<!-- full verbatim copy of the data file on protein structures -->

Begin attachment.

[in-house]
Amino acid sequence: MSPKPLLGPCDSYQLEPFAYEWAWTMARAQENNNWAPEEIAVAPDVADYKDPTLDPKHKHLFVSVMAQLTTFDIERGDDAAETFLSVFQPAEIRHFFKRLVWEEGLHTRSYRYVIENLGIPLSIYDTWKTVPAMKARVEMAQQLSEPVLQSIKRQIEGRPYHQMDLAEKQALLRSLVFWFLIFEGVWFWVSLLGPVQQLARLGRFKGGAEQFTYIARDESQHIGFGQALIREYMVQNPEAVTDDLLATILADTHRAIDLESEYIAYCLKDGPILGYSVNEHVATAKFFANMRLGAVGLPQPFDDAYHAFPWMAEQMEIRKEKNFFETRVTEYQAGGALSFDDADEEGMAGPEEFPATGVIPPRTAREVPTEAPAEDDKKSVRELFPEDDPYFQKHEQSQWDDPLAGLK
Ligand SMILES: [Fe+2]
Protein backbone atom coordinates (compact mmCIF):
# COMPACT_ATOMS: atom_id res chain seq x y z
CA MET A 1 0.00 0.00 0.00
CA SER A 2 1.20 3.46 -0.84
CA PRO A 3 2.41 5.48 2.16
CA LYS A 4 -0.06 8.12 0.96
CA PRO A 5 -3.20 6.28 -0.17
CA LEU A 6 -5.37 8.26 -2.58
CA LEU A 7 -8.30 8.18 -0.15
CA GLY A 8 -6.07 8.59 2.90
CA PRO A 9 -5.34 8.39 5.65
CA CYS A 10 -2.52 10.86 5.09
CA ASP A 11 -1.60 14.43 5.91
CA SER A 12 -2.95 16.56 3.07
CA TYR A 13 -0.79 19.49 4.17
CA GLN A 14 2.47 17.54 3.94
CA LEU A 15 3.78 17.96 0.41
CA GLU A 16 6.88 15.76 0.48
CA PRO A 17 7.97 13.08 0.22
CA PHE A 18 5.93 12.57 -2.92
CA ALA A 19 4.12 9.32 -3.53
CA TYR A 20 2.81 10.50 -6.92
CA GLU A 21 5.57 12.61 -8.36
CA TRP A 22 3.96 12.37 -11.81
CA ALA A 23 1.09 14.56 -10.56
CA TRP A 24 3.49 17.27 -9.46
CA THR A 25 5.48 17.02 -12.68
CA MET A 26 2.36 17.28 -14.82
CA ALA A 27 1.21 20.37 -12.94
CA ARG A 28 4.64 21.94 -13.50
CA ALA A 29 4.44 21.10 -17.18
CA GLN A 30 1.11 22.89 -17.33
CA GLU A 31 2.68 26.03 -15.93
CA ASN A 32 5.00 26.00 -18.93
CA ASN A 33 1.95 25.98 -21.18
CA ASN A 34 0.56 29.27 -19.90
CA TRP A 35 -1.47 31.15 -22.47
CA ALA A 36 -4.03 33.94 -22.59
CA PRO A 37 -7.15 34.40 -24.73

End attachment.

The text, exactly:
[in-house]
Amino acid sequence: MSPKPLLGPCDSYQLEPFAYEWAWTMARAQENNNWAPEEIAVAPDVADYKDPTLDPKHKHLFVSVMAQLTTFDIERGDDAAETFLSVFQPAEIRHFFKRLVWEEGLHTRSYRYVIENLGIPLSIYDTWKTVPAMKARVEMAQQLSEPVLQSIKRQIEGRPYHQMDLAEKQALLRSLVFWFLIFEGVWFWVSLLGPVQQLARLGRFKGGAEQFTYIARDESQHIGFGQALIREYMVQNPEAVTDDLLATILADTHRAIDLESEYIAYCLKDGPILGYSVNEHVATAKFFANMRLGAVGLPQPFDDAYHAFPWMAEQMEIRKEKNFFETRVTEYQAGGALSFDDADEEGMAGPEEFPATGVIPPRTAREVPTEAPAEDDKKSVRELFPEDDPYFQKHEQSQWDDPLAGLK
Ligand SMILES: [Fe+2]
Protein backbone atom coordinates (compact mmCIF):
# COMPACT_ATOMS: atom_id res chain seq x y z
CA MET A 1 0.00 0.00 0.00
CA SER A 2 1.20 3.46 -0.84
CA PRO A 3 2.41 5.48 2.16
CA LYS A 4 -0.06 8.12 0.96
CA PRO A 5 -3.20 6.28 -0.17
CA LEU A 6 -5.37 8.26 -2.58
CA LEU A 7 -8.30 8.18 -0.15
CA GLY A 8 -6.07 8.59 2.90
CA PRO A 9 -5.34 8.39 5.65
CA CYS A 10 -2.52 10.86 5.09
CA ASP A 11 -1.60 14.43 5.91
CA SER A 12 -2.95 16.56 3.07
CA TYR A 13 -0.79 19.49 4.17
CA GLN A 14 2.47 17.54 3.94
CA LEU A 15 3.78 17.96 0.41
CA GLU A 16 6.88 15.76 0.48
CA PRO A 17 7.97 13.08 0.22
CA PHE A 18 5.93 12.57 -2.92
CA ALA A 19 4.12 9.32 -3.53
CA TYR A 20 2.81 10.50 -6.92
CA GLU A 21 5.57 12.61 -8.36
CA TRP A 22 3.96 12.37 -11.81
CA ALA A 23 1.09 14.56 -10.56
CA TRP A 24 3.49 17.27 -9.46
CA THR A 25 5.48 17.02 -12.68
CA MET A 26 2.36 17.28 -14.82
CA ALA A 27 1.21 20.37 -12.94
CA ARG A 28 4.64 21.94 -13.50
CA ALA A 29 4.44 21.10 -17.18
CA GLN A 30 1.11 22.89 -17.33
CA GLU A 31 2.68 26.03 -15.93
CA ASN A 32 5.00 26.00 -18.93
CA ASN A 33 1.95 25.98 -21.18
CA ASN A 34 0.56 29.27 -19.90
CA TRP A 35 -1.47 31.15 -22.47
CA ALA A 36 -4.03 33.94 -22.59
CA PRO A 37 -7.15 34.40 -24.73